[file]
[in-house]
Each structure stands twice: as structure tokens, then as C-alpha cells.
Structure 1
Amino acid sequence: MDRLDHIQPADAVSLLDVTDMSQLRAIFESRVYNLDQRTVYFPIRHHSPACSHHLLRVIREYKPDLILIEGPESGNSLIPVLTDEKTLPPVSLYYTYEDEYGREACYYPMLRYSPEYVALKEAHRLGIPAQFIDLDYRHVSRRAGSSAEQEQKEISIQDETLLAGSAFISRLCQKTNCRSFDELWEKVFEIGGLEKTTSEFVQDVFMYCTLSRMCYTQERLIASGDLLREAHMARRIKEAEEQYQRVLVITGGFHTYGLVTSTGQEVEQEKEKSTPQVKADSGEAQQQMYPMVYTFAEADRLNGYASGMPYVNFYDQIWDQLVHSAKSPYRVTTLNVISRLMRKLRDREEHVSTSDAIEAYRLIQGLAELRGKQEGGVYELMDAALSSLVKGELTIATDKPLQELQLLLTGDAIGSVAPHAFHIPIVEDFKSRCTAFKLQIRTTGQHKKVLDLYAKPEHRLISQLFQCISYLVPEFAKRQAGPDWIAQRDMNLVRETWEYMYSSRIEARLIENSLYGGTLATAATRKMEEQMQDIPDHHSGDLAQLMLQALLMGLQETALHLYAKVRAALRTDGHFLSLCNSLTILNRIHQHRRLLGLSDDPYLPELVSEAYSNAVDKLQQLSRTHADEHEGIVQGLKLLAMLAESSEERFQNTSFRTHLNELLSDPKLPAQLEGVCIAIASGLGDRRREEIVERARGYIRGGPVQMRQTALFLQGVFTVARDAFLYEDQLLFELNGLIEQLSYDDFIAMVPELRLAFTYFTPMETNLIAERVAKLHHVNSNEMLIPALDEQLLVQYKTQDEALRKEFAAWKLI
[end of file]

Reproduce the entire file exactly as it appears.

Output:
[in-house]
Each structure stands twice: as structure tokens, then as C-alpha cells.
Structure 1
Amino acid sequence: MDRLDHIQPADAVSLLDVTDMSQLRAIFESRVYNLDQRTVYFPIRHHSPACSHHLLRVIREYKPDLILIEGPESGNSLIPVLTDEKTLPPVSLYYTYEDEYGREACYYPMLRYSPEYVALKEAHRLGIPAQFIDLDYRHVSRRAGSSAEQEQKEISIQDETLLAGSAFISRLCQKTNCRSFDELWEKVFEIGGLEKTTSEFVQDVFMYCTLSRMCYTQERLIASGDLLREAHMARRIKEAEEQYQRVLVITGGFHTYGLVTSTGQEVEQEKEKSTPQVKADSGEAQQQMYPMVYTFAEADRLNGYASGMPYVNFYDQIWDQLVHSAKSPYRVTTLNVISRLMRKLRDREEHVSTSDAIEAYRLIQGLAELRGKQEGGVYELMDAALSSLVKGELTIATDKPLQELQLLLTGDAIGSVAPHAFHIPIVEDFKSRCTAFKLQIRTTGQHKKVLDLYAKPEHRLISQLFQCISYLVPEFAKRQAGPDWIAQRDMNLVRETWEYMYSSRIEARLIENSLYGGTLATAATRKMEEQMQDIPDHHSGDLAQLMLQALLMGLQETALHLYAKVRAALRTDGHFLSLCNSLTILNRIHQHRRLLGLSDDPYLPELVSEAYSNAVDKLQQLSRTHADEHEGIVQGLKLLAMLAESSEERFQNTSFRTHLNELLSDPKLPAQLEGVCIAIASGLGDRRREEIVERARGYIRGGPVQMRQTALFLQGVFTVARDAFLYEDQLLFELNGLIEQLSYDDFIAMVPELRLAFTYFTPMETNLIAERVAKLHHVNSNEMLIPALDEQLLVQYKTQDEALRKEFAAWKLI